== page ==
However, this could not happen in the aquatic environment as reported in section 3.7 of this article, because low concentrations of abacavir are expected in the environmental waters. In recent work, the concentrations reported for abacavir in WWTPs located around the city of Durban in South Africa did not exceed 14 μg L-1.8

3.4. Binding Site Characterization

3.4.1. Kinetic Modelling

In order to determine the adsorption mechanism, the kinetic data obtained in this study was processed using pseudo-first-order and pseudo-second-order equations indicated as (3) and (4), respectively.

where Qt is the adsorption capacity (mg g-1) at time t (min), Qe is the adsorption capacity at equilibrium (mg g-1), k1 and k2 are pseudo-first and second-order adsorption rate constants (g mg-1 min-1), respectively. The suitable adsorption model was determined based on the evaluation of the correlation coefficients (R2) of the polymers. The pseudo-second-order model was found to be the best fit (Table 3) yielding the adsorption capacities of 4.4 and 3.7 mg g-1 for MIP and NIP, respectively. These results imply that chemical adsorption onto the surface of MIP and NIP is responsible for the abatement of abacavir from aqueous solution. The equilibrium adsorption capacity reported for tetracycline using a MIP was 3.84 mg g-1.35 Thus far, NIP gave lower extraction efficiencies for abacavir than MIP, which subsequently resulted in lesser adsorption capacity, therefore, it was omitted in other experiments.



3.4.2. Adsorption Isotherms

In order to acquire more insight on the nature of binding sites present in both MIP and NIP, isothermal analysis was investigated using Equations (5) and (6) which represent the linearized forms of Freundlich and Langmuir isotherms, respectively.

where Q is the amount of the adsorbed molecule at equilibrium (mg g-1), m is the adsorption intensity or surface heterogeneity, a is a Freundlich parameter related to the binding affinity, Ce is the equilibrium concentration of abacavir (mg L-1), Qmax is the maximum adsorption capacity of abacavir (mg g-1) and KL is the Langmuir adsorption equilibrium constant.

The correlation coefficients (R2) for Freundlich isotherm were 0.964 (MIP) and 0.974 (NIP), while those found for Langmuir isotherm were less than 0.300. This means the data were best fitted with Freundlich isotherm, which implied a multilayer adsorption. Similar adsorption intensities of 0.91 and 0.93 for MIP and NIP, respectively, were observed. These values are close to 1, which is an indication that the surfaces of both polymers are homogeneous. By description, adsorption intensities should vary between 0 and 1, where 1 denotes to a totally homogeneous binding site distribution, with higher values corresponding to more homogeneous systems.36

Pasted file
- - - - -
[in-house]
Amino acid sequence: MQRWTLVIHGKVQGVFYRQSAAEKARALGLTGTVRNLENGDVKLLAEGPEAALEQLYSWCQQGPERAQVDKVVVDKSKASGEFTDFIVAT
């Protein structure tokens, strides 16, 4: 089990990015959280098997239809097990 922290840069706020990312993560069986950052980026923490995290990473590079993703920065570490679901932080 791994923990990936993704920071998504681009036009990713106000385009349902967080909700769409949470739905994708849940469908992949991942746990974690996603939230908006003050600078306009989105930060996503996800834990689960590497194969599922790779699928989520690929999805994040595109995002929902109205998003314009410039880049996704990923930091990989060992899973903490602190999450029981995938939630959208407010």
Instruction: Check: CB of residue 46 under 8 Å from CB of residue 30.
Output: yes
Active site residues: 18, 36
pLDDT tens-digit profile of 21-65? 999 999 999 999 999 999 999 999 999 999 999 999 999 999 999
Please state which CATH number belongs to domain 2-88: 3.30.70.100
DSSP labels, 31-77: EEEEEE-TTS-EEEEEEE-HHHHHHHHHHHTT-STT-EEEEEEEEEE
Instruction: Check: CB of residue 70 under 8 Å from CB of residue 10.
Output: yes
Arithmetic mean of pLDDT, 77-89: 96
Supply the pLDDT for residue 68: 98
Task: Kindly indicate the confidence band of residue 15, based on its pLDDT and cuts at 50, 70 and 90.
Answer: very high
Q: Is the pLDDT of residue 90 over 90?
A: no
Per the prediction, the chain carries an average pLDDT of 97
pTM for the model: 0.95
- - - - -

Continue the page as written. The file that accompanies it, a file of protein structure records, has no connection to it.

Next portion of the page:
3.5. Selectivity Studies

The selectivity of MIP for abacavir was investigated by adsorbing abacavir from a 10 mL water solution (pH 5) spiked with a mixture of abacavir, tenofovir disoproxil and efavirenz at 50 μg L-1 for each drug. All other optimum conditions (adsorbent mass of 40 mg and contact time of 60 min) for the adsorption process were utilized. The selected competitors (tenofovir disoproxil and efavirenz) are both ARVDs that contain functional groups such as amine groups and oxygen atoms, which are similar to those in the abacavir molecule (Table 1). The extraction efficiency for abacavir in the presence of these competitors was greater than 80 %, while tenofovir disoproxil and efavirenz had the extraction efficiencies of 60 % and 29 %, respectively (Fig. 7). This means there was a strong competition between abacavir and tenofovir disoproxil for adsorption on a MIP. Tenofovir disoproxil has the pKa value of 4.131, which means it would easily compete with abacavir (pKa 5.01) for adsorption on MIP, while the pKa value for efavirenz is -1.5. Despite the strong interactions that could have occurred between the MIP and competitors, their lower extraction efficiencies are attributed to their molecular shapes and sizes (Table 1), which could prevent these molecules to firmly bind into the MIP adsorption sites. This is well explained in literature, where the adsorption of compounds into MIPs is reported to be strongly influenced by the functional groups present in the target molecule, molecular shape and size.15